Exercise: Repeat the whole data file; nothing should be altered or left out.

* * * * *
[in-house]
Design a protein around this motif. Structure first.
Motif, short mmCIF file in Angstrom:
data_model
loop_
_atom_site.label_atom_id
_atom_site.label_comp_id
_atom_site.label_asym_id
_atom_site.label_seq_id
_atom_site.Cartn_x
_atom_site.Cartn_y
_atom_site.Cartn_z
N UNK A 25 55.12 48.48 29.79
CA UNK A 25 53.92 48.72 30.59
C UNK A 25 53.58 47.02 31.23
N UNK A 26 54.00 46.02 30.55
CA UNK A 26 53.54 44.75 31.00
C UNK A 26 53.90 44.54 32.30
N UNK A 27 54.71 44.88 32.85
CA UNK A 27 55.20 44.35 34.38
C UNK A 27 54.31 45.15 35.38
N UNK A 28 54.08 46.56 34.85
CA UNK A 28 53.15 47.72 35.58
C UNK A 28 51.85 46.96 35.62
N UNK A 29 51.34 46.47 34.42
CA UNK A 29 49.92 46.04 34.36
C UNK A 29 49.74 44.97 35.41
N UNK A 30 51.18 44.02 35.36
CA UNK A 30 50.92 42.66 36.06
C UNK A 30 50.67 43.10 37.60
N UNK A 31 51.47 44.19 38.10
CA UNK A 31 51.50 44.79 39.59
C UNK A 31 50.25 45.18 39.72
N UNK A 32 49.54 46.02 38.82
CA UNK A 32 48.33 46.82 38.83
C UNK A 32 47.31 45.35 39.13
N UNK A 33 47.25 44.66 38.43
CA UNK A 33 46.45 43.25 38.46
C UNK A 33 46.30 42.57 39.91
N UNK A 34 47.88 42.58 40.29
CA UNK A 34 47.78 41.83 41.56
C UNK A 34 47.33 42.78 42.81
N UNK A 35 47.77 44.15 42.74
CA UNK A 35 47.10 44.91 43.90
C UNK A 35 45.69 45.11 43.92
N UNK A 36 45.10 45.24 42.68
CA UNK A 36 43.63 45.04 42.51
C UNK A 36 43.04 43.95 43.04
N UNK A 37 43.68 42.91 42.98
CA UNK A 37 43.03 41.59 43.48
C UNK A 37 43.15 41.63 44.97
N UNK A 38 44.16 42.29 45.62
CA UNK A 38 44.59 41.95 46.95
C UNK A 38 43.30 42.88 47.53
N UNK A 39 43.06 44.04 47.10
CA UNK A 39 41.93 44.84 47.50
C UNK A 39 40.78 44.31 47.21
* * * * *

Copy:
[in-house]
Design a protein around this motif. Structure first.
Motif, short mmCIF file in Angstrom:
data_model
loop_
_atom_site.label_atom_id
_atom_site.label_comp_id
_atom_site.label_asym_id
_atom_site.label_seq_id
_atom_site.Cartn_x
_atom_site.Cartn_y
_atom_site.Cartn_z
N UNK A 25 55.12 48.48 29.79
CA UNK A 25 53.92 48.72 30.59
C UNK A 25 53.58 47.02 31.23
N UNK A 26 54.00 46.02 30.55
CA UNK A 26 53.54 44.75 31.00
C UNK A 26 53.90 44.54 32.30
N UNK A 27 54.71 44.88 32.85
CA UNK A 27 55.20 44.35 34.38
C UNK A 27 54.31 45.15 35.38
N UNK A 28 54.08 46.56 34.85
CA UNK A 28 53.15 47.72 35.58
C UNK A 28 51.85 46.96 35.62
N UNK A 29 51.34 46.47 34.42
CA UNK A 29 49.92 46.04 34.36
C UNK A 29 49.74 44.97 35.41
N UNK A 30 51.18 44.02 35.36
CA UNK A 30 50.92 42.66 36.06
C UNK A 30 50.67 43.10 37.60
N UNK A 31 51.47 44.19 38.10
CA UNK A 31 51.50 44.79 39.59
C UNK A 31 50.25 45.18 39.72
N UNK A 32 49.54 46.02 38.82
CA UNK A 32 48.33 46.82 38.83
C UNK A 32 47.31 45.35 39.13
N UNK A 33 47.25 44.66 38.43
CA UNK A 33 46.45 43.25 38.46
C UNK A 33 46.30 42.57 39.91
N UNK A 34 47.88 42.58 40.29
CA UNK A 34 47.78 41.83 41.56
C UNK A 34 47.33 42.78 42.81
N UNK A 35 47.77 44.15 42.74
CA UNK A 35 47.10 44.91 43.90
C UNK A 35 45.69 45.11 43.92
N UNK A 36 45.10 45.24 42.68
CA UNK A 36 43.63 45.04 42.51
C UNK A 36 43.04 43.95 43.04
N UNK A 37 43.68 42.91 42.98
CA UNK A 37 43.03 41.59 43.48
C UNK A 37 43.15 41.63 44.97
N UNK A 38 44.16 42.29 45.62
CA UNK A 38 44.59 41.95 46.95
C UNK A 38 43.30 42.88 47.53
N UNK A 39 43.06 44.04 47.10
CA UNK A 39 41.93 44.84 47.50
C UNK A 39 40.78 44.31 47.21